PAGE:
Go ahead…tell me what's eating away at you,” I urged. “Well, I don't know how I should say these things, Chuck. But I can't just ignore them either. The fact is, I'm concerned.
Many of us want to share or pass on our faith to our kids, our grandkids, our friends, and any others God brings across our path. But when we think carefully about it, do we understand what we’re trying to achieve? If not we can easily and unwittingly undermine our efforts.
Because faith in Christ isn’t about morality, doctrinal precepts, or church traditions, sharing our faith is not about passing on a set of morals, doctrines, or church traditions.
Instead, we want to pass on love for the Lord. By changing our question from how do I pass on my faith to others? to how do I live so as to cultivate a love for Christ in others? we shift our focus.
We are to walk humbly with God on the path of justice and compassion. We are not allowed to privatize our faith and care only for our backyard. A social conscience extends compassion and justice to all.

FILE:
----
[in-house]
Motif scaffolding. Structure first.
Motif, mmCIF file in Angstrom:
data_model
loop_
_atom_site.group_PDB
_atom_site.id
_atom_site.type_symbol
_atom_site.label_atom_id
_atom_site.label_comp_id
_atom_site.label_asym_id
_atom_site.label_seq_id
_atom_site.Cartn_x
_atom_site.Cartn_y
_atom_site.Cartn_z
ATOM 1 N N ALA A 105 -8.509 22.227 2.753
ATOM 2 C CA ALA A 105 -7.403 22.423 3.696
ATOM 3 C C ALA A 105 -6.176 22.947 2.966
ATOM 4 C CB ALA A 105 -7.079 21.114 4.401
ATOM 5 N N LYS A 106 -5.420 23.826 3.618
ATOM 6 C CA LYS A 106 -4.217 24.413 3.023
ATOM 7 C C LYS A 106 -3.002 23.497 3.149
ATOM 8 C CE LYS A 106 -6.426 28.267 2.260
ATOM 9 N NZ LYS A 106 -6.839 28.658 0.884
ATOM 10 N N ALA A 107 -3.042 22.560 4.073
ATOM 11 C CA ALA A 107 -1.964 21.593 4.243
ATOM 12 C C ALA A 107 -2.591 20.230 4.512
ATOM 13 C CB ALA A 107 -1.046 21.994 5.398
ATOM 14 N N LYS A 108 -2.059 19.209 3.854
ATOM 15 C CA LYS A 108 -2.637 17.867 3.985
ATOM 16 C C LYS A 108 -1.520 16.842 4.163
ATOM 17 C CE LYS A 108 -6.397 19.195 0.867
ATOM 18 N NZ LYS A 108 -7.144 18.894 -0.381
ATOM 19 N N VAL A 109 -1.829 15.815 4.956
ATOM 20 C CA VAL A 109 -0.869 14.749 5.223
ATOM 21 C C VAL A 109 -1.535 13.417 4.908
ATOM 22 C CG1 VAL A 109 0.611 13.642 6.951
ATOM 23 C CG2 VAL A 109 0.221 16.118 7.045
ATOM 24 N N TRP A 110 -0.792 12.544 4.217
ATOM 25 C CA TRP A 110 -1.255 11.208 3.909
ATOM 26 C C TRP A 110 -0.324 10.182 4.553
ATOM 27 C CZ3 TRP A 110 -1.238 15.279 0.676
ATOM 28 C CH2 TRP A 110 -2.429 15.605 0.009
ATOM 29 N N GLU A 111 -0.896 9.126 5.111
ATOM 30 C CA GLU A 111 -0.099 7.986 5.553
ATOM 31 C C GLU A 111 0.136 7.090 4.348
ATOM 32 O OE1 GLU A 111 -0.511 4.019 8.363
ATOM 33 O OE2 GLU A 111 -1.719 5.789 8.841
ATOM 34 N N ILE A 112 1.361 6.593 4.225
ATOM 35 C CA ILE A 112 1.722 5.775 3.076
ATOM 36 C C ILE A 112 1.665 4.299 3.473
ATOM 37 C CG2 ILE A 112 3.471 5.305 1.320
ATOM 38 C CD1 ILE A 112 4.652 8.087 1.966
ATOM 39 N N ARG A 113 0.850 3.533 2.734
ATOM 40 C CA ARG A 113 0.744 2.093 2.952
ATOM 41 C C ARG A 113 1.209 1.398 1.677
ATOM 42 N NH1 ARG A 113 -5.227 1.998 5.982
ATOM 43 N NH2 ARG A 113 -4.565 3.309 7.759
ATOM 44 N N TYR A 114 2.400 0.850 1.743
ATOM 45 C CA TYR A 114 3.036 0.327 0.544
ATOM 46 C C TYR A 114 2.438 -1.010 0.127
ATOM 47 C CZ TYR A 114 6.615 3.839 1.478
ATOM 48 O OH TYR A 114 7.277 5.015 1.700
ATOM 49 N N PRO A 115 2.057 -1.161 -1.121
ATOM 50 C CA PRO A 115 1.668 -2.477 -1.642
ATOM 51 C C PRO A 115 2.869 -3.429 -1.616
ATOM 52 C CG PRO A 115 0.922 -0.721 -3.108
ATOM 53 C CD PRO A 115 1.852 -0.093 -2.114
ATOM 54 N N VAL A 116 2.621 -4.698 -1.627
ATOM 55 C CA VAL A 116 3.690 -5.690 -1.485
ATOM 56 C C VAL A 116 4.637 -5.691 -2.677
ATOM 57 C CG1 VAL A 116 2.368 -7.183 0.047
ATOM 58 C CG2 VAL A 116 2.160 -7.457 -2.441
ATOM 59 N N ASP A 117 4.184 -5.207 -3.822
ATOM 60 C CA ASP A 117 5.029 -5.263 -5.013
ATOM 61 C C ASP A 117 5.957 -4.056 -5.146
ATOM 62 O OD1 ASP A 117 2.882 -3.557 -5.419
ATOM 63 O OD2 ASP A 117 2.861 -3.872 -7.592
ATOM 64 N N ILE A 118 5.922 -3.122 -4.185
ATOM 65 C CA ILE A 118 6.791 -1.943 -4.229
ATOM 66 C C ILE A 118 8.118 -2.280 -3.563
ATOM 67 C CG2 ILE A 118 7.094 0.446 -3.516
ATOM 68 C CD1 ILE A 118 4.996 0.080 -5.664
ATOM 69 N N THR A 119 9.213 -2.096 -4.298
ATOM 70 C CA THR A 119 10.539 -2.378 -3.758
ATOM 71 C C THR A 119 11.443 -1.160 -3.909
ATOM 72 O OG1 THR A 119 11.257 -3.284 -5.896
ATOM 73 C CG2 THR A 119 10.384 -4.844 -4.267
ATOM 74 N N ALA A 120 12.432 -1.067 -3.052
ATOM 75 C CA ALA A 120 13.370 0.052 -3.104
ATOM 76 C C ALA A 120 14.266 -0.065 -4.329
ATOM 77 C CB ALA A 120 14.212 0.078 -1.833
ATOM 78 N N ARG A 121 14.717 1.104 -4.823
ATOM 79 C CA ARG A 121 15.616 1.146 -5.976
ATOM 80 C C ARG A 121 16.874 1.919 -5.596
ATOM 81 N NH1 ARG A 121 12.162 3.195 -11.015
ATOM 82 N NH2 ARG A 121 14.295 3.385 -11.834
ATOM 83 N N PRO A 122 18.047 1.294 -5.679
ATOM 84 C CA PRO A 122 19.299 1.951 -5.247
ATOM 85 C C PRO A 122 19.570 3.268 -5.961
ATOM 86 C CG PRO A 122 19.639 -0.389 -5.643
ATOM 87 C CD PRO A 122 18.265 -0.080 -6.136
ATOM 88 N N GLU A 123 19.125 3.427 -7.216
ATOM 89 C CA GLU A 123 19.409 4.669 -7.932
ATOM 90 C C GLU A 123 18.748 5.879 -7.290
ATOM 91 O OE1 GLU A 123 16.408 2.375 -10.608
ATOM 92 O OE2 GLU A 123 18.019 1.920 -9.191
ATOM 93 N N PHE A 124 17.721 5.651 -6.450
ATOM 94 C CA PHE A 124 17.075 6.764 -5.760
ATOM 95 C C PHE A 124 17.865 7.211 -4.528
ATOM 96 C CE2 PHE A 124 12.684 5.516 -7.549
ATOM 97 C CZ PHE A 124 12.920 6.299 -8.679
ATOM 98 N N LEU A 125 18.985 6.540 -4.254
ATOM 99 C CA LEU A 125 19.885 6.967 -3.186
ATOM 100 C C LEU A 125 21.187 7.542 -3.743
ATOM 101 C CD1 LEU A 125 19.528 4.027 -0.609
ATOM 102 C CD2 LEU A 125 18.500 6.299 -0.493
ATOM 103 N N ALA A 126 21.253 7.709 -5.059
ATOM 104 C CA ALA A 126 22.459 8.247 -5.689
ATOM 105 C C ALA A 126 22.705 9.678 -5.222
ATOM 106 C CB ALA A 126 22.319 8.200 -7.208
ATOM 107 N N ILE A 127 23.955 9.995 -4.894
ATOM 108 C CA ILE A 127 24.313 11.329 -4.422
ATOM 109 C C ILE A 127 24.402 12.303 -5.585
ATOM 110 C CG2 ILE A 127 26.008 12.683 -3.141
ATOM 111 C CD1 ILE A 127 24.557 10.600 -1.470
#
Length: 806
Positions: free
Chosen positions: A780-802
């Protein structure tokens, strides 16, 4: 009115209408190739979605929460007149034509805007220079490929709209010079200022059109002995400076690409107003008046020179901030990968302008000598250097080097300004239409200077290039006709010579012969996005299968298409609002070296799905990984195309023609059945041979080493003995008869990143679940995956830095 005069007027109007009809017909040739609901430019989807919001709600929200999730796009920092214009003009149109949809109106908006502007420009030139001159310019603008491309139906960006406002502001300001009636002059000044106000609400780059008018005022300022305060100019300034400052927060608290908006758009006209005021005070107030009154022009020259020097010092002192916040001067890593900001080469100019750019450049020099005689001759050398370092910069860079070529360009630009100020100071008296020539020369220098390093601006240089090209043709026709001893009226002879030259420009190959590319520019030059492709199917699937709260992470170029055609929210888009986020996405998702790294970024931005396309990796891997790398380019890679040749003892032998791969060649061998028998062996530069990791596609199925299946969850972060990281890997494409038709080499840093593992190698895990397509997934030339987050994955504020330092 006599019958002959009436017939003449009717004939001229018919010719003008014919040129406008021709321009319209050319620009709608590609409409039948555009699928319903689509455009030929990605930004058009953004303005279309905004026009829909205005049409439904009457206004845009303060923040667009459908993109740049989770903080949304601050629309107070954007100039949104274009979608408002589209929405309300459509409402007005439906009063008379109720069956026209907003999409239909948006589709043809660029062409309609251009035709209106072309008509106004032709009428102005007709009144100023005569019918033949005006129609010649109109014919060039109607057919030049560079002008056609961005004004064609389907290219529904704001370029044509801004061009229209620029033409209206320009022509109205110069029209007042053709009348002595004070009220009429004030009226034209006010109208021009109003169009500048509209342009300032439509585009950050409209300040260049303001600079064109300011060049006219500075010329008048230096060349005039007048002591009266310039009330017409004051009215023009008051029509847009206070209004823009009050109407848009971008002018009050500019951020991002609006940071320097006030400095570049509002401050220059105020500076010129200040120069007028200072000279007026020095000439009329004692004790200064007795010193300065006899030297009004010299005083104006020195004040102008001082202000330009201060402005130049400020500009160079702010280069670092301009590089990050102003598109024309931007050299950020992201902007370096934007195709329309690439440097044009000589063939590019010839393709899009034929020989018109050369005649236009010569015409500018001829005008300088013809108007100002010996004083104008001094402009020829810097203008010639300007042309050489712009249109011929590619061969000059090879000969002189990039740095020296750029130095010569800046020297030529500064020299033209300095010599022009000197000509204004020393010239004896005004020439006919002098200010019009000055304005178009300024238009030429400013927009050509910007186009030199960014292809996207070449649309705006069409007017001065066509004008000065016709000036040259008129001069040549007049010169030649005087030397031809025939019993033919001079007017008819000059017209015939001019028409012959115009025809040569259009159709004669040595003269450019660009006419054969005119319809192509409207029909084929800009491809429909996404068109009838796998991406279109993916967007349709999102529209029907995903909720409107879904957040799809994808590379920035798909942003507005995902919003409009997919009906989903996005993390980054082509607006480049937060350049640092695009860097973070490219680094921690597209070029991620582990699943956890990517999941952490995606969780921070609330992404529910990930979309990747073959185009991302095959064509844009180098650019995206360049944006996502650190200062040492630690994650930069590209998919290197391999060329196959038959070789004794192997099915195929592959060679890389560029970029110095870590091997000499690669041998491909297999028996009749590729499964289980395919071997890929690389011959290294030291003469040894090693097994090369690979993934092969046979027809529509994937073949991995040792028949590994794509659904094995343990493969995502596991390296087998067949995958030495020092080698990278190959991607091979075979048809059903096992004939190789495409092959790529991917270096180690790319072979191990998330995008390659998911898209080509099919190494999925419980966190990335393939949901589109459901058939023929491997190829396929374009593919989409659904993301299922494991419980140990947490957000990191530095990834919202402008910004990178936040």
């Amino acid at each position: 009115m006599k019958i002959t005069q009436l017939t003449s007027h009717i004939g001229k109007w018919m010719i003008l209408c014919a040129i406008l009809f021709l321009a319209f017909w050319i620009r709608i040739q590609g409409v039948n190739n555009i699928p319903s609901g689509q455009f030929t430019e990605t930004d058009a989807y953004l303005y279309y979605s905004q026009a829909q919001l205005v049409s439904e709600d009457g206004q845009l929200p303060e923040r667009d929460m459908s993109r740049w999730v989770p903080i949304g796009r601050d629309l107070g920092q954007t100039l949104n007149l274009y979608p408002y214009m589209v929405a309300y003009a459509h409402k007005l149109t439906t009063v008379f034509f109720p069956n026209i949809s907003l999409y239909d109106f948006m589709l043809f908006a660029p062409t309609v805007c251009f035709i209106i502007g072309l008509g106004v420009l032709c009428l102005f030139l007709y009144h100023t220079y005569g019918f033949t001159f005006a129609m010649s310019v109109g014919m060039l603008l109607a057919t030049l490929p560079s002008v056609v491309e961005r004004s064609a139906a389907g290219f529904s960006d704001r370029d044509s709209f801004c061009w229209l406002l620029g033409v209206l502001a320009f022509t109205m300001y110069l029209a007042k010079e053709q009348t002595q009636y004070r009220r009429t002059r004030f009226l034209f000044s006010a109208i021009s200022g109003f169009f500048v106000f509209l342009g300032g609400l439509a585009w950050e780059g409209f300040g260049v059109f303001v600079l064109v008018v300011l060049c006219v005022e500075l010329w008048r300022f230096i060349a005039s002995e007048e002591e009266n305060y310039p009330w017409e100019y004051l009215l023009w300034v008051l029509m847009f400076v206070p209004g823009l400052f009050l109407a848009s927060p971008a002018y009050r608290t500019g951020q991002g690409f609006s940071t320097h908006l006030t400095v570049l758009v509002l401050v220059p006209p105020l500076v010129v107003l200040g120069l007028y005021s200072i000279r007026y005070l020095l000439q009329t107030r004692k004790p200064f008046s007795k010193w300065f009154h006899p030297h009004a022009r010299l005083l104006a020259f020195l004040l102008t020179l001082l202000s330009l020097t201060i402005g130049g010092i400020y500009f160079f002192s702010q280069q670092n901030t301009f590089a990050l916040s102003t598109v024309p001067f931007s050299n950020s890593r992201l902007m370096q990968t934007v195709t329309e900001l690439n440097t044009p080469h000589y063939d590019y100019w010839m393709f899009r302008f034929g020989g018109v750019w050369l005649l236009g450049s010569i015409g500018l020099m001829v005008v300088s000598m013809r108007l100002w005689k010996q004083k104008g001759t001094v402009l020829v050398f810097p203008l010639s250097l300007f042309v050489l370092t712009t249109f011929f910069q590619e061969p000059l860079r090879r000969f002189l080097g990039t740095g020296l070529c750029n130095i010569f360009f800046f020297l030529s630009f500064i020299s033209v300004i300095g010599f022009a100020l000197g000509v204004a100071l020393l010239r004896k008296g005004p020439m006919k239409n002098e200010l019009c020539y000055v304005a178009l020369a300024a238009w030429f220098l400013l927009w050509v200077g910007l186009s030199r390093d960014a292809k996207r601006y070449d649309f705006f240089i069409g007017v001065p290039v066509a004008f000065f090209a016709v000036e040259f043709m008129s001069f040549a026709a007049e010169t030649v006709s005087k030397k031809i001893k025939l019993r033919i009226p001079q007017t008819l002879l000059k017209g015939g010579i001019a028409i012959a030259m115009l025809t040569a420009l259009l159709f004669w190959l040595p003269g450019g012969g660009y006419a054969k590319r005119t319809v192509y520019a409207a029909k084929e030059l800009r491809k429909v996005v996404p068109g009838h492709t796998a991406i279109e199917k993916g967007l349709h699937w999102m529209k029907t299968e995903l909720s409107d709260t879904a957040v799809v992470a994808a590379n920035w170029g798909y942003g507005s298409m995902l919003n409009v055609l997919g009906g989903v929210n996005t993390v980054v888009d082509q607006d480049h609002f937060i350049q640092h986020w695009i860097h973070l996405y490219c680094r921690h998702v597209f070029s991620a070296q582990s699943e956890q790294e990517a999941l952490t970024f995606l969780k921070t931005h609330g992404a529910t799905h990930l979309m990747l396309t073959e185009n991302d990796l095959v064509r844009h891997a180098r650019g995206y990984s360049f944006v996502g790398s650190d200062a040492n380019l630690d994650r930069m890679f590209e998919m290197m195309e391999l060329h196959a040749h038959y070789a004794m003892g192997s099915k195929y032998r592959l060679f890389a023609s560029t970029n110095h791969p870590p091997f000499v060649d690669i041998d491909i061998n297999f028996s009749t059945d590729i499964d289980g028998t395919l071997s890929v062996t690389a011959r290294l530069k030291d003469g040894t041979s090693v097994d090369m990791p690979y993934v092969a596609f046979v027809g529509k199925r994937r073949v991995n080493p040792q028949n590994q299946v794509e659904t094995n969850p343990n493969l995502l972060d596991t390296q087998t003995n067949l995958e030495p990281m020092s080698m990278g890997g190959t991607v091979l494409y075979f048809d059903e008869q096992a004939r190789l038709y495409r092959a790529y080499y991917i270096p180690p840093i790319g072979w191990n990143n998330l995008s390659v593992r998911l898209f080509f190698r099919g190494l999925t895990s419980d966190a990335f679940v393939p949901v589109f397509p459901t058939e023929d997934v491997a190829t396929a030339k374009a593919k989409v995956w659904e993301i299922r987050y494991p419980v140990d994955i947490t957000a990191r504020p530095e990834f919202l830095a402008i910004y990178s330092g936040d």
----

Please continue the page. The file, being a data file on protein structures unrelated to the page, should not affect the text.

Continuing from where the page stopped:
We are to convey Christ across the canyons of age, nationality, language, gender, cultural bias and spiritual blindness. There is no doubt the truth of Jesus can transcend every canyon, but are we equipped to carry Him well?
We need to set our sights on ministering and making a difference to those whose paths we cross each and every day—the unbelievers we work with, who live next door, who come into our lives.
One of the toughest assignments in life is to communicate clearly what happened during a time when emotions were high.
Prophets like Isaiah were not rookies who carried out hit-or-miss pre-game chapel programs for a few teams in Judah. No, they were the real deal, sent and anointed by God to be trusted and revered.
The first time I met him I thought he was dead. Lying halfway in a merge lane with his legs twisted awkwardly beneath was Barry—stinky, toothless, and quite possibly dead, Barry.
How do we sift and sort truth from error? Do we all have to be biblical scholars in order to avoid falling into deception and error? And how do we respond to error?
Over the years, though, I've come to realize it's important to be honest with our children when they ask those hard questions that don't have straightforward answers.